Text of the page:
Maryland Coach Lefty Driesell often speaks of his 1974 team, which lost perhaps the most exciting college game ever played, 103-100 to North Carolina State in the finals of the Atlantic Coast Conference tournament, and failed to get into the NCAA tournament. What Driesell remembers the most about that season is that the Terps finished No. 4 in both polls. "My highest-ranked team here," says Lefty. "I've had seven Top 10 teams and two that finished 11th. Once we won the NIT and finished 11th. Damn. I have my managers looking it up to see who has coached the most teams in the Top 10. I'm proud of it. I don't like anybody telling me I ain't good."
Recognition is the universal attraction. For players, the Top 20 can act as a rejuvenating force, even in reverse, as it did last season when the infant UCLA Bruins dropped out of the polls for the first time since Balboa discovered the singles bar in Marina del Rey. Hurt and embarrassed, UCLA used the slight as a tool of psychological warfare and regrouped. Who's No. 1? Who cares? As No. 48, the Bruins roared all the way to the finals of the NCAA tournament. For coaches, the rankings are an ego massage. When his little-known Iona team turned up ninth in a preseason poll a few years back, Coach Jim Valvano's reaction was to "run around the baseball field for an hour, screaming." Valvano, now at N.C. State, says, "I'm all set to have my own poll, the Valvano Poll. Coaches would send me postcards four or five times a year."
Finally there are the fans—short for fanatics, remember?—at whom the polls were directed in the first place. One shudders to consider the bankruptcy rate among local taverns if fans had no Top 20 to toast or engage in fisticuffs about.
After winning the NCAA titles in 1965 and 1968, UCLA's John Wooden wasn't surprised to receive nasty letters from the folks in Michigan ('65) and Houston ('68) who believed their teams were better. After all, they'd been voted No. 1 in the polls. When it was revealed last season that Michigan Coach Johnny Orr (now at Iowa State) had voted Indiana No. 1, an aroused DePaul student body selected Orr as the winner of the "Mr. Whipple" look-alike contest.
Indiana's Bobby Knight scoffs at the polls. "It's like a nameplate on your desk," he says. "If you're good, you know what you're doing. You don't need a nameplate." But if he has to choose, he prefers the coaches' rankings. St. John's Lou Carnesecca disagrees. "Coaches shouldn't vote," he says. "It's like doctors taking care of their own kids. They're gonna pad the cake." What?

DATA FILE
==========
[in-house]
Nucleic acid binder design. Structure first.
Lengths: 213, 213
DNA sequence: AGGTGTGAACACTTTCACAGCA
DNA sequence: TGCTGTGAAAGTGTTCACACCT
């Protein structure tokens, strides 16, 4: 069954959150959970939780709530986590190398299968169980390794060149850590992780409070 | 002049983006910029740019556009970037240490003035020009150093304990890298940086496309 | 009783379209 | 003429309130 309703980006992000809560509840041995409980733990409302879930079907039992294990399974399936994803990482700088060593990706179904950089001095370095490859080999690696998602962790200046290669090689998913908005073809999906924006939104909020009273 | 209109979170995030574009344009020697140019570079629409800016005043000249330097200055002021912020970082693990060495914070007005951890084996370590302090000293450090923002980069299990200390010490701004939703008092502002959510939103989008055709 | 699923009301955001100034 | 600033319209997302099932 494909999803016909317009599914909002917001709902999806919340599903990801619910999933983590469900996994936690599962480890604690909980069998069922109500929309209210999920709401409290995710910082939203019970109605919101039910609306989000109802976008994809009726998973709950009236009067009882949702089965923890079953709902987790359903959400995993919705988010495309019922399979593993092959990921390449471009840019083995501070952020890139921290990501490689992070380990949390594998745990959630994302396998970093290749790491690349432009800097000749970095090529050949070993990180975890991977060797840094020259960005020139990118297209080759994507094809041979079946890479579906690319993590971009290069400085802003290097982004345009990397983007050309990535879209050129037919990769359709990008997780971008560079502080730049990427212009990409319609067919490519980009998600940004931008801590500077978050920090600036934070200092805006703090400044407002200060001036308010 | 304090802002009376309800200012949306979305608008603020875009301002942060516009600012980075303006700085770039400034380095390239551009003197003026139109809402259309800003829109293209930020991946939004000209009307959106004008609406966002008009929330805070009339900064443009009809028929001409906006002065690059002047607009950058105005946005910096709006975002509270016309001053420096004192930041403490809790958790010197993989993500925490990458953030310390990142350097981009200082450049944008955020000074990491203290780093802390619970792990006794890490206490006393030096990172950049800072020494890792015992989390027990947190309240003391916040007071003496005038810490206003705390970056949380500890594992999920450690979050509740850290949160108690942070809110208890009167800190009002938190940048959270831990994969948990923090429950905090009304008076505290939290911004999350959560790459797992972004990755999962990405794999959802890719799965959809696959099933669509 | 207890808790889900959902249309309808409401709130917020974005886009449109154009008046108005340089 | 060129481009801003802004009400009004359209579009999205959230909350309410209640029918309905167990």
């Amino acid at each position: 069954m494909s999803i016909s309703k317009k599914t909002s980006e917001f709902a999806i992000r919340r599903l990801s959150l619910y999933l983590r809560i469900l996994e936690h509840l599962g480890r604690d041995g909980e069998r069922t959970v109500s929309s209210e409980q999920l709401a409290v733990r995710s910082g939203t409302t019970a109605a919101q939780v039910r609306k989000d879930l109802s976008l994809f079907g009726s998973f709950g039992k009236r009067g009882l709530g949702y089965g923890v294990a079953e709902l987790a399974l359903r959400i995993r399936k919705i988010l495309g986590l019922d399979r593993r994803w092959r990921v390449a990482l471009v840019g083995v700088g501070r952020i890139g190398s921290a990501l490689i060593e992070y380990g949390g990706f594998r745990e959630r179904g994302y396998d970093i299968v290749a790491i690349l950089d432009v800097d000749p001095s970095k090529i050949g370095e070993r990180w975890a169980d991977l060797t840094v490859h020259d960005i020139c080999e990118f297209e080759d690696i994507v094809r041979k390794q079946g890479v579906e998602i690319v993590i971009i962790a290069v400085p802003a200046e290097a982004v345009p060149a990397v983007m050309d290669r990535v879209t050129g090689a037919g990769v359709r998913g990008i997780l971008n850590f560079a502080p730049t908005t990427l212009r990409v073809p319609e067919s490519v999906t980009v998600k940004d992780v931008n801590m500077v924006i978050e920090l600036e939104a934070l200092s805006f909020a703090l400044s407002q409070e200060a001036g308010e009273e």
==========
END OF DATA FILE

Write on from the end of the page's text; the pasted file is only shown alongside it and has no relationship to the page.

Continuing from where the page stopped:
Texas' Abe Lemons believes both sets of rankings might be absurd. "Coaches vote for people, not schools," he says. "The schools just happen to be where they are. Of course, the writers can vote for schools on probation [coaches cannot], which aren't even eligible for the NCAA tournament. You might as well vote for the 76ers. They're not eligible either."
Al McGuire, who used to have his then-assistant, Hank Raymonds, send in the Marquette vote—"Sunday morning was no time for me to call in scores," McGuire says—used the polls as a stiletto. "I like to psych people, and the Top 10 is the best psych," McGuire says. "People overprepare for you, beat themselves. You're in the Camelot of basketball."
Strange things can happen there. In the 1977 preseason AP poll North Carolina was ranked No. 1—Smith's only appearance at the top—then defeated Oregon State by 31 points in its opening game and dropped to No. 2. In 1976 Michigan was No. 1 in both polls but lost on Dec. 29 at Providence in double overtime and fell to third and fifth, not to return to the top spot until the final game of the regular season. In 1965 an undefeated Iowa team was ranked sixth, lost a Christmas tournament game to a nobody and dropped to seventh. The nobody turned out to be Texas Western (now UTEP), which leaped from nowhere to ninth with that victory and eventually won the NCAA title.
Another unfamiliar crew, the Indiana State Syca-Birds, achieved recognition when they became No. 1 in the 12th week of the 1978-79 season despite a vacuous Billy Packer-led TV campaign against them. Larry Bird and his mates proved they belonged by winning 33 straight games before losing in the NCAA final.
Interestingly, in each of the last four years only Louisville and North Carolina have been named in both final Top 20 polls, which are tabulated before the NCAA tournament begins. A third team, Notre Dame, made seven of a possible eight final poll appearances. The irony for two of these schools is that while the media often mock Phelps' posturing at South Bend and while the coaches often question the publicity accorded Smith at Chapel Hill, the two voting blocs line up solidly behind the men they seem more critical of. In the four final polls, the coaches have voted Smith's Tar Heels 14 total places higher than the writers/ broadcasters, while ranking Phelps' Irish a combined 18 places lower than the media guys do.